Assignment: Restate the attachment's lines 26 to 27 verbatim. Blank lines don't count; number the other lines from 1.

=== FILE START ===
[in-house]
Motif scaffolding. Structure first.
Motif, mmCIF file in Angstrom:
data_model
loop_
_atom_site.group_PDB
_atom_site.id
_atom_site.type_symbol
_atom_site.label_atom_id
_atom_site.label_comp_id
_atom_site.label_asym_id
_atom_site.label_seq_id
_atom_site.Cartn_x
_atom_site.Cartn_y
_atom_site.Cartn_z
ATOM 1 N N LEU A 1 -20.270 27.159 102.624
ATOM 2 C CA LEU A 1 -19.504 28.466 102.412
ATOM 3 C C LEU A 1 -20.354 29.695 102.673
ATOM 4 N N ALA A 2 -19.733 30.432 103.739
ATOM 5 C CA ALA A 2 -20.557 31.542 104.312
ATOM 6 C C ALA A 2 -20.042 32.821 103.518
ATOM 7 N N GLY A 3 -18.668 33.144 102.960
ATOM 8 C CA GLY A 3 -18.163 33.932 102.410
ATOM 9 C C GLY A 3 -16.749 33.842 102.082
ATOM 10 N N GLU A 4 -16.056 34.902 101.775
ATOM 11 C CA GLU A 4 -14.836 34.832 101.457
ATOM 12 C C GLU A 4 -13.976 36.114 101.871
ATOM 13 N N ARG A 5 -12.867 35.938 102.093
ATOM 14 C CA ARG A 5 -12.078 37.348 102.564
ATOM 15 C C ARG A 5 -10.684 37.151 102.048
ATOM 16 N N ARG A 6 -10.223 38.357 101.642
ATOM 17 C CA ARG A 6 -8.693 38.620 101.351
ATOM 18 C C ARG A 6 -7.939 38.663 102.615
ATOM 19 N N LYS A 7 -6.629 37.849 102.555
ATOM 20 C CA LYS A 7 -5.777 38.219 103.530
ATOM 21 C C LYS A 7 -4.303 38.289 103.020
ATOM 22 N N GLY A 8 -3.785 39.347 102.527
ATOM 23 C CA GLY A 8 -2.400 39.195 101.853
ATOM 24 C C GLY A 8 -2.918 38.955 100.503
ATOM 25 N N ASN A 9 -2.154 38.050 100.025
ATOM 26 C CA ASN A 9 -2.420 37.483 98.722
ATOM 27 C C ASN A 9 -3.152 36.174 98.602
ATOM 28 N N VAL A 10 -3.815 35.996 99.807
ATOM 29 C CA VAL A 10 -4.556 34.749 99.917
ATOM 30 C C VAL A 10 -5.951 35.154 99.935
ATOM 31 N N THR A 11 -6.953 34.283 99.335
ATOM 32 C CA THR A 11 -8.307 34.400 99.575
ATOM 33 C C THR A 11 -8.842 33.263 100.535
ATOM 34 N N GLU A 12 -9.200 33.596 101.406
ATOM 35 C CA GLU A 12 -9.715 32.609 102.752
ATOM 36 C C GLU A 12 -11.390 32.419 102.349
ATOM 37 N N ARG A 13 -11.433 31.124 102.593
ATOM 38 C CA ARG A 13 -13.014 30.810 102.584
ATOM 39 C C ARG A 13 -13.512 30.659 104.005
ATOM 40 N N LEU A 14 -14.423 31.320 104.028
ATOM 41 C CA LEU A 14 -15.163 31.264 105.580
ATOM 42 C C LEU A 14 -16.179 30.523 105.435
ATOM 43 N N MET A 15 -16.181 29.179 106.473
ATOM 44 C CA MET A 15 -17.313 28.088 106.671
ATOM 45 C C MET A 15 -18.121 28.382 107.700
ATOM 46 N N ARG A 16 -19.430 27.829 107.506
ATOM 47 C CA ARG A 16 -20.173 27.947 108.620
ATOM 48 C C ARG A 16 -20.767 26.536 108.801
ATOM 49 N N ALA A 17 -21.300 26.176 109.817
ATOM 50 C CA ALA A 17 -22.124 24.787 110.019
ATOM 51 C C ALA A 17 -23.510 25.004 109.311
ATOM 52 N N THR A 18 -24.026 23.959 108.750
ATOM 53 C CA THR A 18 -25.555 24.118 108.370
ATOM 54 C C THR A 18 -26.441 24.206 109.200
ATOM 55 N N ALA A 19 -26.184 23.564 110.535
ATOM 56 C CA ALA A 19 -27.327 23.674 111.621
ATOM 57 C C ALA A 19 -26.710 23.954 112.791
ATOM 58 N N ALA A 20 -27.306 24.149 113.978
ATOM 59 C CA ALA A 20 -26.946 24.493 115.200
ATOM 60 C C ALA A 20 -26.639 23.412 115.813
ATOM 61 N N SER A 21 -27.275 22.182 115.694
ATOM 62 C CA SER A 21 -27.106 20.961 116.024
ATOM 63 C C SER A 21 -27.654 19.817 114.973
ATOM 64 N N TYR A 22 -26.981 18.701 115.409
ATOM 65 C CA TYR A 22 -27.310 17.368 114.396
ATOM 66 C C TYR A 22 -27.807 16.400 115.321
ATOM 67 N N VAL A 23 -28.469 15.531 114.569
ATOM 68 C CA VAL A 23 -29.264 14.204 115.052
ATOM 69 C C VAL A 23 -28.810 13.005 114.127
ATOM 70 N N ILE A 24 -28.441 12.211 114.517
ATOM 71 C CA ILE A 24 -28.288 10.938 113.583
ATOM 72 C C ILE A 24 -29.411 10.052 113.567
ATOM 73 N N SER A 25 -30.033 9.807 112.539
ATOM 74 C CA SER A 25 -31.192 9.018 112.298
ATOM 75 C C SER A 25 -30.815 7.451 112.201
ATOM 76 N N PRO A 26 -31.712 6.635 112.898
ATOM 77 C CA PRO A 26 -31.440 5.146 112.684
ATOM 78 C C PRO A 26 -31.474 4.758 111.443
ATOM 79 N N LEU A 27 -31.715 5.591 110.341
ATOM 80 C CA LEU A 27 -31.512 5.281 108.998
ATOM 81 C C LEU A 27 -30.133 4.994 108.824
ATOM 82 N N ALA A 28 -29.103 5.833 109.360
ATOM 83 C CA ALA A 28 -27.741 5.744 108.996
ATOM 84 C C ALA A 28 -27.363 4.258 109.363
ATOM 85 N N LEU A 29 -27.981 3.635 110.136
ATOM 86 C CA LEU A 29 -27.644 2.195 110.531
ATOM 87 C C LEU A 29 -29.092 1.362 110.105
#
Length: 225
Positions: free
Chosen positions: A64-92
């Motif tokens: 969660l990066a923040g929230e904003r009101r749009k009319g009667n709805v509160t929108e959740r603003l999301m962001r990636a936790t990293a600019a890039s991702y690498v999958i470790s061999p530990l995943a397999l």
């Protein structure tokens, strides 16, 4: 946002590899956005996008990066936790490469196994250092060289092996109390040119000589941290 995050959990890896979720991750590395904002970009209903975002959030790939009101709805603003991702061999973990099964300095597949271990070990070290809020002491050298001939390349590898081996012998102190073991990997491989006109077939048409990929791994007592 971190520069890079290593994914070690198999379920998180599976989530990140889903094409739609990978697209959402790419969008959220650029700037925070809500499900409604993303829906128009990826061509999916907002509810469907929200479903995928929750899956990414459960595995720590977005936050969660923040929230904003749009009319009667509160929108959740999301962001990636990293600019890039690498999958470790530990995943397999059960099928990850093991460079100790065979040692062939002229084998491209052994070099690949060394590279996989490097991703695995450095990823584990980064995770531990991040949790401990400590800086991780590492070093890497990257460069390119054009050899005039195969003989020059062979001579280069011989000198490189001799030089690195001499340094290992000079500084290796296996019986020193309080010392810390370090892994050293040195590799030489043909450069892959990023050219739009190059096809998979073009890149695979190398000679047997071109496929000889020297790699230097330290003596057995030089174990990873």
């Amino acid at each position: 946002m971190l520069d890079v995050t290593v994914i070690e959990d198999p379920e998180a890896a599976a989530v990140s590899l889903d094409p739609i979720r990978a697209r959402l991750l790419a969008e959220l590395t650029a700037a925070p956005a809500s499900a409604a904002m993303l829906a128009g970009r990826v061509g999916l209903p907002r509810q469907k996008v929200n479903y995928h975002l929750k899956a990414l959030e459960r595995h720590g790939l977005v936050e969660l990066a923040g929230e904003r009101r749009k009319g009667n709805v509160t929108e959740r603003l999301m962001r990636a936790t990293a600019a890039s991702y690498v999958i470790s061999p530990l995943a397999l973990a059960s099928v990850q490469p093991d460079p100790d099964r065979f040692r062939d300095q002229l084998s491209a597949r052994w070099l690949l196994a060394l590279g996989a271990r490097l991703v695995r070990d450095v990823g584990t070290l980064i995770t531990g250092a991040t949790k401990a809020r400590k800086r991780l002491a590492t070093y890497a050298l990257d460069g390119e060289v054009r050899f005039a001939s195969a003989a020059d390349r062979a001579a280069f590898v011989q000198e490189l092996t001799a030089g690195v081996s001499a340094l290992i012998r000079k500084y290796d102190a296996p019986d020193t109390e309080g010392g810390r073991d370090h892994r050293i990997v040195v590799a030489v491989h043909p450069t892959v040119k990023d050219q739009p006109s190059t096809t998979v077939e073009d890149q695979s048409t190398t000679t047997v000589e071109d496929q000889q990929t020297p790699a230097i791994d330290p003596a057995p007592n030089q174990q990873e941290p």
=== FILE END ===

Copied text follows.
ATOM 11 C CA GLU A 4 -14.836 34.832 101.457
ATOM 12 C C GLU A 4 -13.976 36.114 101.871